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Sankofa Garden Homes: Heritage Gardening and African American History Month

2/11/2018, 6:12 p.m.
This being the first Sankofa Garden Homes article written during African American History month, I felt it was important to ...
Professor Freedom engages in Heritage Gardening by showing neighbors Nia and Nigel Cole how to thin out winter collard greens and replant for spring growth. Sankofa Home Garden

Heritage Gardening is not simply sharing how to grow food close to home, it is also about knowing how to harvest, prepare and preserve food. The byproduct of this knowledge will result in a healthier generation. It will also help to bridge the generational gap as elders and youth work together, each sharing their knowledge to inform both traditional and modern methods of gardening and farming.

As you began preparing for your Sankofa Garden Home be sure to include you children or children from your neighborhood in the process. Letting them help construct the garden beds, go to a home improvement store to select the soil and fertilizer, buying the organic non-GMO seeds and building a compost bed will all be learning experiences that will align themselves with many of the learning objectives in their school.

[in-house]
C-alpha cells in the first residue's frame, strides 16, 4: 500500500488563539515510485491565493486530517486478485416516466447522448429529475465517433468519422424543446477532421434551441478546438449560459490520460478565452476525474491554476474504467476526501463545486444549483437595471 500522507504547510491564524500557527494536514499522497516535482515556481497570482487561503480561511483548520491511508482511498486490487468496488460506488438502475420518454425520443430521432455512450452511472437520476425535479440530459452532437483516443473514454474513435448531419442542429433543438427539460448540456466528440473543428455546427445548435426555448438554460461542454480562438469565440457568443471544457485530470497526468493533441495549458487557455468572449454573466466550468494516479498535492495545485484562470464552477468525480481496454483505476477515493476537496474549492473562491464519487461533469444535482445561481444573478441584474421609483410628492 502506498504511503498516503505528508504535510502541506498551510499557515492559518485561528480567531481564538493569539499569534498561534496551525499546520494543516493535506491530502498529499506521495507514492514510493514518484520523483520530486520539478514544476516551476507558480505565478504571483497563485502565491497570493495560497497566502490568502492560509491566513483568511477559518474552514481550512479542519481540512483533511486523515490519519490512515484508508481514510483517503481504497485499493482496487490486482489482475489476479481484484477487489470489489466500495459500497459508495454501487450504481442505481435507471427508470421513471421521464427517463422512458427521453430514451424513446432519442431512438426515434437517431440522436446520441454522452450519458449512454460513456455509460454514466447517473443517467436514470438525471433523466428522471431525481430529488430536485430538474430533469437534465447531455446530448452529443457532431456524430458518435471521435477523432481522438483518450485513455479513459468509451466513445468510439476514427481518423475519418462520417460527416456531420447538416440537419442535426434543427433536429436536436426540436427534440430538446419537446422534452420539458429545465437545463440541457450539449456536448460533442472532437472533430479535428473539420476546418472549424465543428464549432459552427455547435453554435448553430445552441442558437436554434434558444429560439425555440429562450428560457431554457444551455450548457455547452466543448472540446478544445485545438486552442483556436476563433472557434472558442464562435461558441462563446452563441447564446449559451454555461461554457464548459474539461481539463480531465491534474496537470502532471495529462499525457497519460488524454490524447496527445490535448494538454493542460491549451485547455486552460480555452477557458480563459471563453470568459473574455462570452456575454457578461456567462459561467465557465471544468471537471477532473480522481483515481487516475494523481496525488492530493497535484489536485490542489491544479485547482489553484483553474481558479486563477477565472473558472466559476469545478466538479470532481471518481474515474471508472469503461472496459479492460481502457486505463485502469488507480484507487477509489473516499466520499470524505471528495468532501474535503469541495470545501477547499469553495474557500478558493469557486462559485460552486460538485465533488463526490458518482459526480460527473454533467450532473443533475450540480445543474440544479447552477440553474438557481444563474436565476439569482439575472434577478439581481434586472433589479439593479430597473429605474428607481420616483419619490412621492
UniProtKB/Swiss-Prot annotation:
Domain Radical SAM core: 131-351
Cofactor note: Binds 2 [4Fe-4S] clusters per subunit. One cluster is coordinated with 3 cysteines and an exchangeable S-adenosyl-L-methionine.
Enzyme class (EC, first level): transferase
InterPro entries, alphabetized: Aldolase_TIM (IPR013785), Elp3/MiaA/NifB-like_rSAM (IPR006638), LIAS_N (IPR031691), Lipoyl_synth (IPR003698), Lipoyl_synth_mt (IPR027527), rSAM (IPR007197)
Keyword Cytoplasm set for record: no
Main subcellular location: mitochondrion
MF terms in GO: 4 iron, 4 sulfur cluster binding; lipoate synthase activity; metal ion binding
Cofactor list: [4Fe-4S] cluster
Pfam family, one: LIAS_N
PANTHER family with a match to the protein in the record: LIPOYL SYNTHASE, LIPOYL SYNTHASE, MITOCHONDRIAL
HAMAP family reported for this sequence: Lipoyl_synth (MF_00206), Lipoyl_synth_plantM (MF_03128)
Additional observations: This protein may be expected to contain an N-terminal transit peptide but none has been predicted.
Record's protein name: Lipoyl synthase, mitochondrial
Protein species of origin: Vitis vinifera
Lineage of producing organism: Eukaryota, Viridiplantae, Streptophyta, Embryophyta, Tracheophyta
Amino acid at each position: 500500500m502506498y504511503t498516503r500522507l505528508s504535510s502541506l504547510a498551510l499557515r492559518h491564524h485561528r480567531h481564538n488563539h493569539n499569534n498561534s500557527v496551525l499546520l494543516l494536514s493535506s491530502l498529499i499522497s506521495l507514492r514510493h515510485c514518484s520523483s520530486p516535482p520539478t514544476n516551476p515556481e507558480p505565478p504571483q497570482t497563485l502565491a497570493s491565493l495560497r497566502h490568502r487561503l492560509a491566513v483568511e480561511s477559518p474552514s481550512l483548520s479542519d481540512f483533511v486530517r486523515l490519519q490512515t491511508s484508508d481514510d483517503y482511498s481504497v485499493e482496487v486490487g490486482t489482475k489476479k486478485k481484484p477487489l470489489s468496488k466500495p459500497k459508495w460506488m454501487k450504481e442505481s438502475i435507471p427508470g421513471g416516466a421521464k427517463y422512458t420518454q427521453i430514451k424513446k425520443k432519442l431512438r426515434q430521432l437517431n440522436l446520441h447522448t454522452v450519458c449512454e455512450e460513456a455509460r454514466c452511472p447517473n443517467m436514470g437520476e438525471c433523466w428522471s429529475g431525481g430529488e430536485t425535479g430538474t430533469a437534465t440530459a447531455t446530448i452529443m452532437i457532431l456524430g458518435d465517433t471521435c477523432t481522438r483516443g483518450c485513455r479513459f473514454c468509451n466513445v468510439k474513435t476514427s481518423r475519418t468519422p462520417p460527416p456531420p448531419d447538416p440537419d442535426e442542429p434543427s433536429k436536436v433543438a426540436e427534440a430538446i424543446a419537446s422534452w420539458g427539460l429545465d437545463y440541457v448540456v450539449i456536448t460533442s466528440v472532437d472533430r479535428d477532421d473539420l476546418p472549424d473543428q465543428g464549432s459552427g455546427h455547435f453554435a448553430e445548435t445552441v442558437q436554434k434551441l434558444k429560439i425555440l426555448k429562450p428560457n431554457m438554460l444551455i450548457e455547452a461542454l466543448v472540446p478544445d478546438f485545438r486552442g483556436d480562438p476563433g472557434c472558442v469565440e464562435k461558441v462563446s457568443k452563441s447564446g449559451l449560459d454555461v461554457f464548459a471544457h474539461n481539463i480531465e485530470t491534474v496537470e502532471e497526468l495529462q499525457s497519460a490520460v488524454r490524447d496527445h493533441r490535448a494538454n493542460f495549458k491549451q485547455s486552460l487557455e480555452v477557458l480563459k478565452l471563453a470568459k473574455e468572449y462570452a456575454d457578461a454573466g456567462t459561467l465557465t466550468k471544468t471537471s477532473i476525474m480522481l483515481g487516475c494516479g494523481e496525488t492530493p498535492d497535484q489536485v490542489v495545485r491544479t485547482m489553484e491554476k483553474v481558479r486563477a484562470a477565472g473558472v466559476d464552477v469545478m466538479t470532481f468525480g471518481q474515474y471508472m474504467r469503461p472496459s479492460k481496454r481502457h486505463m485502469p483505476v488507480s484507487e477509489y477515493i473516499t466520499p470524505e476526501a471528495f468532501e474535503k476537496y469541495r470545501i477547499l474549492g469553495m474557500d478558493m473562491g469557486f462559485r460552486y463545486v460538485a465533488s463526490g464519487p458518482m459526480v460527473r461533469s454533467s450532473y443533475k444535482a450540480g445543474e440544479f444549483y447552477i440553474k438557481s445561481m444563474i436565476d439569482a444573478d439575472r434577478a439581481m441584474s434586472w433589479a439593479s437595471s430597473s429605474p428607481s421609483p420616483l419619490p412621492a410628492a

Research has also suggested that youth who are exposed to soil develop stronger immune systems and become better rounded emotionally. By working with adults in gardens they also spend quality time talking and sharing their emotions and building stronger family and generational bounds. It goes without saying that the lessons they are learning will last a lifetime and be shared with their children and generations to come.

African American History becomes alive when we as African American adults take the time to share our stories with our youth. As we engage in Heritage Gardening we are not only growing food, we are growing minds and bodies. As we grow, harvest and prepare food together, we are reconnecting with family and community bounds that make our culture stronger and more lasting.

When we return to the days when African American elders, parents, infants, youth and young adults, shared a common table of food raised by the family, we can share family history and traditions and build stronger bounds of communication. We can set aside cell-phones for a while and reclaim the authentic art of face-to-face family and friends communicating.

Let’s make history together this African American History Month 2018 and start a Sankofa Garden Home and engage in Heritage Gardening. African American adults, elders and youth are waiting to meet up in the garden. So let’s get back to the garden and come to know what our ABA – or Africans who Built America – ancestors knew that the garden is actually where life begins and the legacy lives on!

Until next month, Happy Sankofa Home Gardening!

For information on gardening and harvesting, e-mail clarenceglovejr@aol.com.